CALGARY — After more than 36 hours of negotiations, the unions representing border guards and customs officers reached agreement on a deal with the government late Friday, ending an hours-old strike.
The news came shortly before 8 p.m. Friday evening, when the unions issued a release announcing that a deal had been reached.
The new contract means an end to a work-to-rule strike action that started Friday morning, in time to welcome fully-vaccinated Americans starting Monday morning.
“We are relieved that CBSA and the government finally stepped up to address the most important issues for our members to avoid a prolonged labour dispute,” said Chris Aylward, Public Service Alliance of Canada (PSAC) national president. “The agreement is a testament to the incredible hard work and dedication of our bargaining team who worked through the night to reach a deal.”
“We also couldn’t have done it without the tremendous support of our members, who put intense pressure on the government at every airport and border crossing across the country today.”
Among the items agreed to, workers will receive a two per cent a year salary increase over the four year term of the deal.
IMPACT ON TRAVEL
Early Friday, there were concerns about the impact on Canada’s hampered travel industry after contract negotiations between the federal government and the union representing border workers failed to reach an agreement by the deadline.
Employees with the Canada Border Services Agency are considered essential workers so walk-offs en masse were never in place.
Instead, “work-to-rule” actions were taken, according to its PSAC Customs and Immigration Union (PSAC-CIU).
A series of “sweeping” actions started across the country to send a message to their employer, the Treasury Board of Canada.
The job action came days before Canada reopens its border to fully-vaccinated Americans on Monday.
It affects more than 8,500 Canada border service agents with 400 of those in Alberta.
There were fewer agents to process travellers at land crossing and airport terminals.
The job action also had an impact on commercial shipping ports, postal facilities and headquarters locations.
The Calgary Airport Authority issued a statement Friday morning.
“We are committed to ensuring a safe, secure and efficient experience as border restrictions ease and we welcome more travellers through YYC. We are receiving regular updates from Canada Border Services Agency (CBSA) and we are proactively working with our airport partners to help minimize the impacts to passengers and employees,” it read.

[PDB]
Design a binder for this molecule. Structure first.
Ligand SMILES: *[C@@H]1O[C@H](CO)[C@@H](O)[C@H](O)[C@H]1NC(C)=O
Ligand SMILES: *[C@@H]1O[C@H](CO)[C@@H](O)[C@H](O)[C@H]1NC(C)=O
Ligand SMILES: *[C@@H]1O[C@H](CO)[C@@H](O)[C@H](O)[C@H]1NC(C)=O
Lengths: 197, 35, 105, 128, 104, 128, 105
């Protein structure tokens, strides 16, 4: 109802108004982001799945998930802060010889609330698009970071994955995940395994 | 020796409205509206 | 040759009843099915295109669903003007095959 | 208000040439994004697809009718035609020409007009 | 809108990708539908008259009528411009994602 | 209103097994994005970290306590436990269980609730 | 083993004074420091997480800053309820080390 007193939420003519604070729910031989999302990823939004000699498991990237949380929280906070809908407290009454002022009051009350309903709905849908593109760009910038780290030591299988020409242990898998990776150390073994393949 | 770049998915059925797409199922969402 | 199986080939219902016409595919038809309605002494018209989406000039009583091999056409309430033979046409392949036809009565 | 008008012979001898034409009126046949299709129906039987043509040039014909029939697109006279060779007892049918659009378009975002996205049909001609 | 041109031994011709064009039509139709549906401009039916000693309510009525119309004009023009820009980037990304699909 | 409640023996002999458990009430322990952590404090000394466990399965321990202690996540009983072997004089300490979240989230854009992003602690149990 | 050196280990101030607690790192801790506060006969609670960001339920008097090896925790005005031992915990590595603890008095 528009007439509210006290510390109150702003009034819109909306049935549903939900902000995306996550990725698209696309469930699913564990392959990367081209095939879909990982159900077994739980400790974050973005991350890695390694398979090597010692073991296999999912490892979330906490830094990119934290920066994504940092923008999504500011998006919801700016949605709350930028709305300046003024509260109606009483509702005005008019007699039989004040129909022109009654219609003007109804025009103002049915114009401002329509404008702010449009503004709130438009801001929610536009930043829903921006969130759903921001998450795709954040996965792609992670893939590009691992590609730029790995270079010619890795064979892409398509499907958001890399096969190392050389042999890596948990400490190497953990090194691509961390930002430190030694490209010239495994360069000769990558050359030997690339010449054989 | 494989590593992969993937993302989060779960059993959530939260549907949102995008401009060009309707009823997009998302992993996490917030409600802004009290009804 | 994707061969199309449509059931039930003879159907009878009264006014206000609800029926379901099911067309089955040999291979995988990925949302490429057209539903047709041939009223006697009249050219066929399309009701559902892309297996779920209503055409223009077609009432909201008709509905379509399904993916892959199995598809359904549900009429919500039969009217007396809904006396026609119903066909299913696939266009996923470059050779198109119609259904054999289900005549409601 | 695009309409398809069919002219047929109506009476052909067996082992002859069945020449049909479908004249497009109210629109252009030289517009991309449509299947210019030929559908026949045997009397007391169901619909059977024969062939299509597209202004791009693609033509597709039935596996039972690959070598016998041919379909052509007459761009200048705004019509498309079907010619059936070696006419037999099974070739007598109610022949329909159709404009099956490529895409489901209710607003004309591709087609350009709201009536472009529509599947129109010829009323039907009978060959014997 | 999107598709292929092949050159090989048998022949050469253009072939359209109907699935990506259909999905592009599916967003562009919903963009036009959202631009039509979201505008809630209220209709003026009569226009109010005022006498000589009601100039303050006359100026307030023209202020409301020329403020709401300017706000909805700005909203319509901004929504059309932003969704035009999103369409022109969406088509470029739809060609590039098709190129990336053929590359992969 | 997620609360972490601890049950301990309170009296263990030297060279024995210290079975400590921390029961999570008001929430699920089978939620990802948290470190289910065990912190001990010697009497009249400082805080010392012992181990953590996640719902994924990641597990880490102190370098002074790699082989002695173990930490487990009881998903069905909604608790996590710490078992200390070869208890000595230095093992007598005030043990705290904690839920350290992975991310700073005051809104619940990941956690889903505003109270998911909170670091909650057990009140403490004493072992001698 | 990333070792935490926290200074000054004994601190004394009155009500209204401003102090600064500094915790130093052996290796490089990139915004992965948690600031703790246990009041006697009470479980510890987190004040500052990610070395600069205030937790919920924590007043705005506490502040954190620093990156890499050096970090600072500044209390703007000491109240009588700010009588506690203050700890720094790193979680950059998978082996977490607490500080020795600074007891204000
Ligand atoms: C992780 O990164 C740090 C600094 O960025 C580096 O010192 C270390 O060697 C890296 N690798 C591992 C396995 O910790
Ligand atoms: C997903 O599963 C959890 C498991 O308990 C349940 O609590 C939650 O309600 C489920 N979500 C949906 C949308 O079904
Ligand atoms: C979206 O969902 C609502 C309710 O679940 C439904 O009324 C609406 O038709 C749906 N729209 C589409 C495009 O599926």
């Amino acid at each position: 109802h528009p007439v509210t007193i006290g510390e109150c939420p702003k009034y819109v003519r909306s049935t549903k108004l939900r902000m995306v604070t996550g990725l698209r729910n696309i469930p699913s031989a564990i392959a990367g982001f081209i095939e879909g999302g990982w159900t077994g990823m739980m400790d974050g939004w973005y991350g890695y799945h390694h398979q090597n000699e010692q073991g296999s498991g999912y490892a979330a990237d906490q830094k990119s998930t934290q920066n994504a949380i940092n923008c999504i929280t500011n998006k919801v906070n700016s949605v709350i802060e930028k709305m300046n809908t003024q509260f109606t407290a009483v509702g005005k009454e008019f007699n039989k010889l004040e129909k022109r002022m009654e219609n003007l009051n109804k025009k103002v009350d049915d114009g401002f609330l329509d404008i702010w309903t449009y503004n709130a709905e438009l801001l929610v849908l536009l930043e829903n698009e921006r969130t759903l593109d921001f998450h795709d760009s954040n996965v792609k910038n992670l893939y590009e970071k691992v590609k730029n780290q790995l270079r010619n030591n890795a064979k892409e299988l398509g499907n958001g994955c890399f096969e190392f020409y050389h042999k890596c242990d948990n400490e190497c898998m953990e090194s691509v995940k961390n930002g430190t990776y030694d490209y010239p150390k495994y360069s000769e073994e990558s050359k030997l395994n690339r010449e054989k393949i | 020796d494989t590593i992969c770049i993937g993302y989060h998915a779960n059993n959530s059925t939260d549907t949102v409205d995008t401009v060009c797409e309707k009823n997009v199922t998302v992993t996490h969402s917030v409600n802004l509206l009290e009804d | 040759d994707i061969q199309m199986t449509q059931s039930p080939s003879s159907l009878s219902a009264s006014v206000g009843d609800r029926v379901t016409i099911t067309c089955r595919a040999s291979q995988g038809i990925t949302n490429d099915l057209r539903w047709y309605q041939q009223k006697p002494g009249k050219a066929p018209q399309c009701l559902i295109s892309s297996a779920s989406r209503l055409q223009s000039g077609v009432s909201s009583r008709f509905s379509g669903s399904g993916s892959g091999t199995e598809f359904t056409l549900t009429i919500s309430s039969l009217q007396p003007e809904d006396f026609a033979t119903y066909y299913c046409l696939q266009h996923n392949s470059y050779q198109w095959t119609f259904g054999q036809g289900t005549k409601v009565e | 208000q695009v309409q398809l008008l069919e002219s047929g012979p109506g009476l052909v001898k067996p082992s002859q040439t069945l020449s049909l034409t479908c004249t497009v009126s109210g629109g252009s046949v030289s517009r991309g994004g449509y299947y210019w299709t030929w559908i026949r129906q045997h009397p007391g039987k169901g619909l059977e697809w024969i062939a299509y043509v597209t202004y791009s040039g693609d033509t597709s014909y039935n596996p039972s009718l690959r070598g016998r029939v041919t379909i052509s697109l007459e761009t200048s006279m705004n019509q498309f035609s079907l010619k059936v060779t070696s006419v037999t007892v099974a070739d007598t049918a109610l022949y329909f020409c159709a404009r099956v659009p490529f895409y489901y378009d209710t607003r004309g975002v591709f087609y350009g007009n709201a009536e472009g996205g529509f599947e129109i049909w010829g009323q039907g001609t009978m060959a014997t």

“CBSA has advised that screening protocols will continue to be completed for all international passengers arriving in Canada, ensuring health of Canadians and security of borders are maintained during this period. We are monitoring the situation closely for impacts to passengers and employees, and we ask travellers and guests for patience as CBSA wait times could increase.”
The PSAC-CIU said it hoped to force the government back to the table to address what it called a “toxic” workplace culture, and parity with other law enforcement personnel across Canada.
“They’re saying enough is enough,” said Marianne Hladun with PSAC.
“Key priorities are truly a toxic workplace with harassment and abuse that’s not been addressed by CBSA, and as well as really recognition of the fact that they are the second largest law enforcement body in Canada.”
The border agents have been working without a contract for three years.
The prime minister said Thursday that he hoped this would be resolved at the bargaining table, but members said they wouldn’t return to the table until issues concerning wage and workplace culture were addressed.
A union spokesperson said in an email that the bargaining team would reconvene Tuesday to discuss the next steps for ratification of the deal.